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Technical Descriptions

generalFramework (gF) theory (September 2002)

categoricalAbstraction (cA)/ eventChemistry (eC) tutorial  (August 2002)

KOS and the mapping of the emergence of mental/social events (August 2002)

root-KOS and I-RIBs (December 2001)


Rural American Safe Net Proposal


The Anticipation of Events in a Fish Pond


Dr. Paul Stephen Prueitt

September 16, 2002








Use of generalFramework Theory


Notation for generalFrameworks


Economic implications from improvements in aquatic systems control technology  


Advanced architectural notions


On event specification at two levels







We are interested in the description and measurement of events in a small fish pond.  A tri-level “semiotic” system is evolved as an interactive knowledgebase.  Our interest in events that occur in a pond is as an example of any event space within a natural environment having some degree of instrumentation and allowing a certain degree of control.


The designation “tri-level” is used to capture what in complexity theory is a characteristic of any natural system such as a pond.   The tri-level architecture is using in text analysis as a means to create subject matter indicator taxonomy.  We call the set of “indicators” a knowledge base because the description of the events in the natural system is assisted through the use of the indicators, both as a means to measure what is happening and as a means to predict consequences.


Within the elements of this knowledgebase are


1)      Atoms of invariance from micro-event logs (derived from physical sensors located in the water, ground, or air environment.)

2)      Rules of event aggregation expressed as first order predicate logic

3)      EventCompounds and both visual and auditory rendering of these events

4)      Top down expectations on event formations expressed as stochastic formation (using some elegant mathematical notions that can be explained but which take some time to explain).


Dr. Paul Prueitt has developed architecture for knowledge vetting within communities, initially directed at a cyber event knowledge base.  Our interests are in building commercial systems to account for knowledge flows within communities.  The technology has knowledge management components, such as best practices and lessons learned; however there are also deep innovations in knowledgebase design.  These innovations are described from the four “Technical Description” links found at the top of this URL page.



Pictures of Aquaculture Farms

Four lower photos courtesy of Jimmy L. Avery, MSU


We could use aquatic science to compose rules of event aggregation and we will use stochastic formulation to empirically derive situational anticipation of the specific pond.  The notion of “being situated” is extended to suggest that optimal performance of the pond depends not only on general rules of event aggregation, but also specific physical properties that may be non-stationary and very difficult to predict from general principles of chemistry and biology.  A specific variation in key substances is an example.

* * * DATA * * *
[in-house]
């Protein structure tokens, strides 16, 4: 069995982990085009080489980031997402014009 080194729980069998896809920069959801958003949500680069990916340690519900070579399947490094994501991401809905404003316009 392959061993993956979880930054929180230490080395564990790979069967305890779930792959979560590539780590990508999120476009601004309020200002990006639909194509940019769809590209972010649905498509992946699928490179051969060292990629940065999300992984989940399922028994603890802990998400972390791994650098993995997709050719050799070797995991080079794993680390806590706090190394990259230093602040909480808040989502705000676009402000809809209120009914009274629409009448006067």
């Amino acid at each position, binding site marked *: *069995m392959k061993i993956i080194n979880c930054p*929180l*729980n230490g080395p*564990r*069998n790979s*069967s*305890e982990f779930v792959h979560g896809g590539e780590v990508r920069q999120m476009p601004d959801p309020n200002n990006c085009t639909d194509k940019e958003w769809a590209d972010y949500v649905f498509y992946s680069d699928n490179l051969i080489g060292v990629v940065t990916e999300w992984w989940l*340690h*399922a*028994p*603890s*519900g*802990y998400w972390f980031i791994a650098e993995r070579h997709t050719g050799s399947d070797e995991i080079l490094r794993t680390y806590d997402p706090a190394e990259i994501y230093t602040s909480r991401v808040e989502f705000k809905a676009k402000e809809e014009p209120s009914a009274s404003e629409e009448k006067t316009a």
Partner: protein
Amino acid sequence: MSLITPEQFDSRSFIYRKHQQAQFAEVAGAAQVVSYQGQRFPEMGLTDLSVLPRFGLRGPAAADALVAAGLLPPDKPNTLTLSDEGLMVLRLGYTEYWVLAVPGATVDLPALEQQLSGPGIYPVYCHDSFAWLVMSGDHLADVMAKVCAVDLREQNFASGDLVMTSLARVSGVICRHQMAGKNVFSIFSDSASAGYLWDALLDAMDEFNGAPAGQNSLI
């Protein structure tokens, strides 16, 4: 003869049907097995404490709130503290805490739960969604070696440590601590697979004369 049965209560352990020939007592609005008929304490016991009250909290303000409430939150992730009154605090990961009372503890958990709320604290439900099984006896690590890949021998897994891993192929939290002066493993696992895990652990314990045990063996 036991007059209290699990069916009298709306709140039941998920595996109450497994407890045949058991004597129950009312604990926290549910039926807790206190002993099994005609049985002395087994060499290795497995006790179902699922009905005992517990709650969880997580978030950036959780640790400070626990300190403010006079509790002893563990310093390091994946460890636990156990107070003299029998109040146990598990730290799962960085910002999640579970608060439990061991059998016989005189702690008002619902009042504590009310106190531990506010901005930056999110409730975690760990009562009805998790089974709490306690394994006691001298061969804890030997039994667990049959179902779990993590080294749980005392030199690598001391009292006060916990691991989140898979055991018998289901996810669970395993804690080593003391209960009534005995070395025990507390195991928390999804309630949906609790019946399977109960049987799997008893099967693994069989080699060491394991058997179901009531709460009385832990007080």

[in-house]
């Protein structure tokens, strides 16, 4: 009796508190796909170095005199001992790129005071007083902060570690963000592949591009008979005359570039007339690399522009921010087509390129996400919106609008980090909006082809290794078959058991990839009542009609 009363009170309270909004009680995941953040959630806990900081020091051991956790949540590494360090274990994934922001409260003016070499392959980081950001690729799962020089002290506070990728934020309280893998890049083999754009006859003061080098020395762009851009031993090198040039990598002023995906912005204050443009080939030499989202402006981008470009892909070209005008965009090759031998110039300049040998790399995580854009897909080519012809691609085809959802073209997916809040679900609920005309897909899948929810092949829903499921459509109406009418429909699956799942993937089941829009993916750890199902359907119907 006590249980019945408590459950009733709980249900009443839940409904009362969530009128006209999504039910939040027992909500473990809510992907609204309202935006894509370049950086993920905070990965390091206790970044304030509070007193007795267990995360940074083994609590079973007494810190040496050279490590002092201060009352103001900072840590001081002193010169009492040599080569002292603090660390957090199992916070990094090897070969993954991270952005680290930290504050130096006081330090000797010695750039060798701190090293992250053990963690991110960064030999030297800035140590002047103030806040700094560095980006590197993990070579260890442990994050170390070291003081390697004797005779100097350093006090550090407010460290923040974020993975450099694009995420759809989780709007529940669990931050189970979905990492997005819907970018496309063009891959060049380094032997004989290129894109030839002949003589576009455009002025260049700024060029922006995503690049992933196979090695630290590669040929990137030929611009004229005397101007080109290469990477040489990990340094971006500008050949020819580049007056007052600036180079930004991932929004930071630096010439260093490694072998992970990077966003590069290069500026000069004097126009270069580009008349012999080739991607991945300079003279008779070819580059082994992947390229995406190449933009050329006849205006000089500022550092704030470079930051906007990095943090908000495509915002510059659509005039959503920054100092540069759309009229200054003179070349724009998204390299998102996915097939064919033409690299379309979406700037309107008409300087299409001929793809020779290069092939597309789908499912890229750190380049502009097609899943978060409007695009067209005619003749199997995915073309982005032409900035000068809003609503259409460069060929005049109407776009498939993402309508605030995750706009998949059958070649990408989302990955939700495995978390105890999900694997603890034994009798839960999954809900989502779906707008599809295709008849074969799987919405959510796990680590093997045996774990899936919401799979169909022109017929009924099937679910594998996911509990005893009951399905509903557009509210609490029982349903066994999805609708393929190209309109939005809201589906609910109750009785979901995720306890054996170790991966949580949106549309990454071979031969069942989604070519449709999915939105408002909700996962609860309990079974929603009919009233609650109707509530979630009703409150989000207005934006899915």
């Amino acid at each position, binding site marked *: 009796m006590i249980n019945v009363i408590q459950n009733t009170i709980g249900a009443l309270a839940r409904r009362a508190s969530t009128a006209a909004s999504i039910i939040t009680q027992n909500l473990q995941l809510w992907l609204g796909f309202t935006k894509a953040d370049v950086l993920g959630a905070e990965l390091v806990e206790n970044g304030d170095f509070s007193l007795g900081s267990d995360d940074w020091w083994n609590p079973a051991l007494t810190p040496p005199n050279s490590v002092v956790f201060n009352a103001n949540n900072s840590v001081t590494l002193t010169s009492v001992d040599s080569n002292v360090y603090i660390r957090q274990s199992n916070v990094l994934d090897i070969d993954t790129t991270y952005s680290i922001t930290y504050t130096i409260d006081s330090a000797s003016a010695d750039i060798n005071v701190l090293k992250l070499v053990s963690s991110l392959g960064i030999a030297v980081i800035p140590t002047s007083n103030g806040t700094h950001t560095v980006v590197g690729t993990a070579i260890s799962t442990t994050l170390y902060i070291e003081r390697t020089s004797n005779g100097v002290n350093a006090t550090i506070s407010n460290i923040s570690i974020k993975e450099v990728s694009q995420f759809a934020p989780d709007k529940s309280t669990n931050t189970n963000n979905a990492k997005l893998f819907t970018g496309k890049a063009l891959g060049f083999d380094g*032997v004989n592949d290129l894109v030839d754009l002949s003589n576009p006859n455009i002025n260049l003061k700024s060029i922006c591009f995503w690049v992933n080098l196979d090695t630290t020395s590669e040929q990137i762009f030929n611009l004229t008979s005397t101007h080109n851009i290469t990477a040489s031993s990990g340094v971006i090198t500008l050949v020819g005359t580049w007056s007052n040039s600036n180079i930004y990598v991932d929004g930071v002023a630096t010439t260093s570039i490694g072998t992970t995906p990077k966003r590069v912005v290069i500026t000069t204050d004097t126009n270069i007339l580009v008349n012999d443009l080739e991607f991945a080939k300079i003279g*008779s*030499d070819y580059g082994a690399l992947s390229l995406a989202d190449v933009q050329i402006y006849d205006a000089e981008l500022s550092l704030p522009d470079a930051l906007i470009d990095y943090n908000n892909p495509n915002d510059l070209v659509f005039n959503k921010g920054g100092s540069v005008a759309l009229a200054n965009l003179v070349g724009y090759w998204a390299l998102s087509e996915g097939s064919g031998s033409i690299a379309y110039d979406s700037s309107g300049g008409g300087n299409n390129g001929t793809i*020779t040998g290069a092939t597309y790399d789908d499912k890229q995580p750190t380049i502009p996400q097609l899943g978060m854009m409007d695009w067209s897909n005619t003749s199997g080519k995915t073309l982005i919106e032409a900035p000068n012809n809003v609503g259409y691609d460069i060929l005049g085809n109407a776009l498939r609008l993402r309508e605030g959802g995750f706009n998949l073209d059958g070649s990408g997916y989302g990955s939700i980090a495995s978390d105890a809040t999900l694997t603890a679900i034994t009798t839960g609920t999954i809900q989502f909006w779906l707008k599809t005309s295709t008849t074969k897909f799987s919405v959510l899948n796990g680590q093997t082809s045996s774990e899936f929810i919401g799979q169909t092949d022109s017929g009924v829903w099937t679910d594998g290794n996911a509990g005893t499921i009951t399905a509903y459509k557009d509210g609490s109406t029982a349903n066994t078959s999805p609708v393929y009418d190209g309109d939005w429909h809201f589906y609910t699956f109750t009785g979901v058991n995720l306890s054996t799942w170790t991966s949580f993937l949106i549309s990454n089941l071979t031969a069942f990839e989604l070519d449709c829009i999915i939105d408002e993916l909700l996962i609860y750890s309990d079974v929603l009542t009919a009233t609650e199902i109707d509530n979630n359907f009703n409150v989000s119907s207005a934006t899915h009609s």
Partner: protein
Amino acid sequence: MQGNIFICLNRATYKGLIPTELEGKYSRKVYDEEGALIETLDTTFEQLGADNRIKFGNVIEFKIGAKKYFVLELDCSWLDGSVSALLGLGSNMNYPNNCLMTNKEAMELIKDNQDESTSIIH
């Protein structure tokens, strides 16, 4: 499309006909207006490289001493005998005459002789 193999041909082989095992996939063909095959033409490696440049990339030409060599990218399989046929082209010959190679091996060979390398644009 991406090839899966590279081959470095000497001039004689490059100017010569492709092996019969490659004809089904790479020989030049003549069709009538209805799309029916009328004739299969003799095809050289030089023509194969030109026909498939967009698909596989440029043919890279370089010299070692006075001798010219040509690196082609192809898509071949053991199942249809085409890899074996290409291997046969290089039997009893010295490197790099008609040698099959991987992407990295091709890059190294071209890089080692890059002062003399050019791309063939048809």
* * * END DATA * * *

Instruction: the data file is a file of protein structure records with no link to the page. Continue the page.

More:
Use of generalFramework Theory


We could use a generalFramework that is derived from the Zachman Framework.  However, we might as well use several different frameworks as we develop this technology.  We envision a pond controller system to be composed of a number of physical sensors, a small inexpensive computer and the Orb technology.  The underlying technology will be immediately derived from and expository of the notional papers which have been made public domain.


One framework that we might use is the following


Interrogatives = { why, who, what, where, when, how }

Causes = { material, reflective, formal }

Status = { absence, presence }


Please review the foundational paper of generalFrameworks (gF) and eventChemistry (eC)


The Fish Pond Framework creates a 6*3*2 matrix of cells.  Each cell evokes a question that can be answered, or not, as a process of describing a specific event.  Over time, the values in the same cell begin to have repetitions.  As these repetitions are found they can be viewed using the existing Event browser. 


There are many innovations in the approach that we make.  So we will develop a description of the proposed application of Synthetic Intelligence to pond controllers.  The description is intended to be a thought experiment, since if we actually had the opportunity to develop this technology, we would immediately be able to rely on experience from those who have been at the aquaculture business.


The first step is to develop a description of the questions that are related to each of the 36 cells in the framework.  The OSI Framework browser is to be completed during the month of September 2002, and a tutorial on this browser will be made available.